Susan Fecteau’s art practice reflects her strong and ongoing activism, and goes from the nuts-and-bolts creation of signs for demonstrations to more object-driven expressions of her political views. She describes her ongoing sign-making project: “As artists, we felt we could really help people make effective signs, and probably the best thing we did was provide materials.  I scrounged a couple of truck loads of card board and we got sticks and paint… so we invited people to come over prior to any significant local protests, [and] we have continued that work.”

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How to Find your Spine, poster  by John Gutoskey

Humor is employed throughout the exhibit in the service of  political protest. Margaret Parker’s t-shirt design delivers a hilarious primal scream –or maybe a shout-out –for those of us who just can’t take it any more. Wooden boxes by John Gutoskey are well crafted, icy satire, and his posters are equally pointed and funny. Sam G. Fecteau Brown’s graffiti-encrusted toy trains and Val Mann’s embroidered vintage baby clothes are a softer, but no less urgent, expression of disquiet at this political moment. The sculpted head of Joan Painter Jones’ Martyr 4 has the horrified gaze of someone who’s seen way too much, and Terri Sarris’s freak show-inspired box  World’s Smallest Man effectively skewers its ridicule-worthy target. Jack Summers’s collage practically jumps off the wall, spitting and screaming.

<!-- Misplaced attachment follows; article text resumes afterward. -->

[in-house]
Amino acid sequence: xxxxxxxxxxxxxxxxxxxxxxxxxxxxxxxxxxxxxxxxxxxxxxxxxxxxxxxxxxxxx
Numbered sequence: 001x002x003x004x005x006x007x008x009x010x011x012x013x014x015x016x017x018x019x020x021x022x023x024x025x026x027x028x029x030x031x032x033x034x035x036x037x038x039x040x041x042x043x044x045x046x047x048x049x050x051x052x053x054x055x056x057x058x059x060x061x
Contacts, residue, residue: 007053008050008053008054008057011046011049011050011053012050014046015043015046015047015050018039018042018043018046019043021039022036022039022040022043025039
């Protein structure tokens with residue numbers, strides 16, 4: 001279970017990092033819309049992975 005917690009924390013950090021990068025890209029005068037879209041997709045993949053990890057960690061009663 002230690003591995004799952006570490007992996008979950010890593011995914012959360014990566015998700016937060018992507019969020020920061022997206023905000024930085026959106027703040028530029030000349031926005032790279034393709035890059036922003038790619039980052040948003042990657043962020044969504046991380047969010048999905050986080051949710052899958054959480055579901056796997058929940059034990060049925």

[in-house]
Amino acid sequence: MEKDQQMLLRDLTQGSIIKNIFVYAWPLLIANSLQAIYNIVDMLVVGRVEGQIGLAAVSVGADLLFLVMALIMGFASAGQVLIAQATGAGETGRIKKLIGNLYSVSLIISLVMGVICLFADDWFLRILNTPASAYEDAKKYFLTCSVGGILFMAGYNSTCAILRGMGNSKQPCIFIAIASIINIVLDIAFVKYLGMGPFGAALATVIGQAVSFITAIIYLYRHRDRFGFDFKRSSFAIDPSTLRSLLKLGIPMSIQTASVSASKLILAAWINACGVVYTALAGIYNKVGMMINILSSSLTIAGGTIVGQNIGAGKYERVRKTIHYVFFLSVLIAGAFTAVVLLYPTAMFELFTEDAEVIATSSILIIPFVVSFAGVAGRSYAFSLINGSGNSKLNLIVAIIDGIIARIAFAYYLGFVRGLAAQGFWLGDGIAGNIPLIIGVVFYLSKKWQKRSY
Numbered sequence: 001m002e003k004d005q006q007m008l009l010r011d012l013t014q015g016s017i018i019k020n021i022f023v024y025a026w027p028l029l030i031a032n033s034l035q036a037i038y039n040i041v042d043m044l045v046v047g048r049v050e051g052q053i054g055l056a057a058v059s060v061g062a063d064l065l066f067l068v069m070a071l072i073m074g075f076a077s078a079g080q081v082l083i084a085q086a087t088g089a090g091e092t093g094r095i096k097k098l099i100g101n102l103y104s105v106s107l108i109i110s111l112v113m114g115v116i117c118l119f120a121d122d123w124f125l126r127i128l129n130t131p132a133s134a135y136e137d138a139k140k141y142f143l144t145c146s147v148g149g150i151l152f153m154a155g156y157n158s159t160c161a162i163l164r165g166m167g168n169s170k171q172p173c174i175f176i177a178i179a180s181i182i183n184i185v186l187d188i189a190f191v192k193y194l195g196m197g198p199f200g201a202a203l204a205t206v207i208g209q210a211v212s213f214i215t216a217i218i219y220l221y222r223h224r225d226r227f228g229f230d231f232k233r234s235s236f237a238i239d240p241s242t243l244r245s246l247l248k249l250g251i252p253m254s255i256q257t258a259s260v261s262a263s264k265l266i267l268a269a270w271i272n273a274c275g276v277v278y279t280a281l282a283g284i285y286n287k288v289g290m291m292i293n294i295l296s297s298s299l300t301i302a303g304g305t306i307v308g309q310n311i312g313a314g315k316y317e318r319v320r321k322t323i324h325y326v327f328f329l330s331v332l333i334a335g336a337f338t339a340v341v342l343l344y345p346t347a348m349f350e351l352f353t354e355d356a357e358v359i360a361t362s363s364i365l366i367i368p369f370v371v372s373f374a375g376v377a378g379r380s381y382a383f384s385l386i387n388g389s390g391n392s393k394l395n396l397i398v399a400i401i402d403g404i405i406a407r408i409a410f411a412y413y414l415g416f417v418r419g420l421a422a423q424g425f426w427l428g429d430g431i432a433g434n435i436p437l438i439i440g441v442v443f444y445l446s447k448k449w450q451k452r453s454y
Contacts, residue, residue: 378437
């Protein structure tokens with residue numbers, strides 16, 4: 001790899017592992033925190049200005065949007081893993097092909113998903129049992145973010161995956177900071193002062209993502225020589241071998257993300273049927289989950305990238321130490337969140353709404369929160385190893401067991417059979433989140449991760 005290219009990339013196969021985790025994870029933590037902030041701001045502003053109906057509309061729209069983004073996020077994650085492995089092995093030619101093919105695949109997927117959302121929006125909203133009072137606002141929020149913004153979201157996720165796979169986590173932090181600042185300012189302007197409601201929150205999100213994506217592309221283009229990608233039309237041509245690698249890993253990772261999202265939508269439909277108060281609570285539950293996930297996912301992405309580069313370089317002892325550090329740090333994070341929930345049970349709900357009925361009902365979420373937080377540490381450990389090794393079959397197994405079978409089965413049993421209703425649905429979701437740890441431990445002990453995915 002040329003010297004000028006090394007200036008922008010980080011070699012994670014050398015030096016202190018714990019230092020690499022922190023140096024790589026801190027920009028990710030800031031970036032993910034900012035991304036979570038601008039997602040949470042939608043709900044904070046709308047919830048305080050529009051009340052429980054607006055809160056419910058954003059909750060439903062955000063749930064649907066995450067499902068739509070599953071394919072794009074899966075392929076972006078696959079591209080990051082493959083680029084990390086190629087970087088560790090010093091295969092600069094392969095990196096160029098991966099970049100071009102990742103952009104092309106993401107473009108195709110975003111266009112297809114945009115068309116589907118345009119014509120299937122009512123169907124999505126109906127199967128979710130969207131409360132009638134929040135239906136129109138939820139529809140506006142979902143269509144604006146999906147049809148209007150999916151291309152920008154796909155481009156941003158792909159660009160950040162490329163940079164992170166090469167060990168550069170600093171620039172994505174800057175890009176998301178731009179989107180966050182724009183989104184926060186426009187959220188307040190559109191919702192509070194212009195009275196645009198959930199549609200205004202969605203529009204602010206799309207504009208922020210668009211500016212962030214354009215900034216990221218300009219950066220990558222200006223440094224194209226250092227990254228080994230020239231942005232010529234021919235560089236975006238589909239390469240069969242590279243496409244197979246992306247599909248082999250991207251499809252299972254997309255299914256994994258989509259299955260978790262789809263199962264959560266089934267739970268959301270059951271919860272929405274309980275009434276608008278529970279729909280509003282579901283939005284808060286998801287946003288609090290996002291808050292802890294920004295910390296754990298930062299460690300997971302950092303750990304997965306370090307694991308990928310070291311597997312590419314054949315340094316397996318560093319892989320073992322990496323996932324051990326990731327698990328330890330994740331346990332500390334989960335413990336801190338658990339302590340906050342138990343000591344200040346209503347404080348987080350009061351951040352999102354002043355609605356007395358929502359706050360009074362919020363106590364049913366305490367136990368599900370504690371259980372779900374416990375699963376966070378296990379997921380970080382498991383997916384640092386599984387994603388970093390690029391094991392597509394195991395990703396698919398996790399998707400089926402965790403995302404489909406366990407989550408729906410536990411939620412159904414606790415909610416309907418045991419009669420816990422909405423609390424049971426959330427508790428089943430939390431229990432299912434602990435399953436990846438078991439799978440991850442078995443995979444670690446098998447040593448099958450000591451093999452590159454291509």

Throughout history, artists from Goya to Picasso to Leon Golub and many more have used  art to make political points, even though doubts linger about its effectiveness in changing attitudes or affecting political outcomes. Art like the work in Outrage may serve more as encouragement to like-minded viewers, and to reinforce the values of fellow liberals without reaching or influencing political opponents, which makes it no less valid.  Leslie Sobel sums it up: “I think it matters.  I think expressing [our political beliefs]  in more ways than just showing up to demonstrations and picketing and voting is important. I think it makes a difference and it’s certainly the skill set that many of us in this room have. I do hope it’s effective in keeping the issues in the front of peoples’ minds.”